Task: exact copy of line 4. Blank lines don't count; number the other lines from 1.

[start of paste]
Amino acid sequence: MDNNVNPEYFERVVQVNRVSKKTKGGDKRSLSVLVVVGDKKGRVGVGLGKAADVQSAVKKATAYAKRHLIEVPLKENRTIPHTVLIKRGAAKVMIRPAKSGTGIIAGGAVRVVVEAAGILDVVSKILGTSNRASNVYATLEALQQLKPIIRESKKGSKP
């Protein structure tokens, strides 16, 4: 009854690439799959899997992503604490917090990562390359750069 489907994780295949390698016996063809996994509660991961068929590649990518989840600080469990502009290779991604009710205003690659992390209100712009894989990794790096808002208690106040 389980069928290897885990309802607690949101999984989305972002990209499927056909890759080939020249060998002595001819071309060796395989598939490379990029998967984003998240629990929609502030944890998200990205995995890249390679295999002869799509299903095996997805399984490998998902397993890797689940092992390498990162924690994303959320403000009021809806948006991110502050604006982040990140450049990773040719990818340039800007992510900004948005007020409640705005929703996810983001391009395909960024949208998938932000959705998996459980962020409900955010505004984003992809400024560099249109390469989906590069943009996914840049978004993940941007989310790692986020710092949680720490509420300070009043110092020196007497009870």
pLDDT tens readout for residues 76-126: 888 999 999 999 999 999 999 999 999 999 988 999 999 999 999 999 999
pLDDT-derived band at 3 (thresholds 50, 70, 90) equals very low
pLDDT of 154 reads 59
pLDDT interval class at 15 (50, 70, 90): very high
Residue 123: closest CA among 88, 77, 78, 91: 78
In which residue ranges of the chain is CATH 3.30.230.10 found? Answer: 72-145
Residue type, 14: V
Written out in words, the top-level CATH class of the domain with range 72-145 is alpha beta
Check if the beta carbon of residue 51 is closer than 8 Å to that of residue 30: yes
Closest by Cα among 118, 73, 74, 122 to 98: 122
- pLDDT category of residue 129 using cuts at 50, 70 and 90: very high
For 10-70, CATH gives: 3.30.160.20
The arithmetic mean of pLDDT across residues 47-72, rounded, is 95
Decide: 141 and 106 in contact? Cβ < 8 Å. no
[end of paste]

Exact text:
pLDDT-derived band at 3 (thresholds 50, 70, 90) equals very low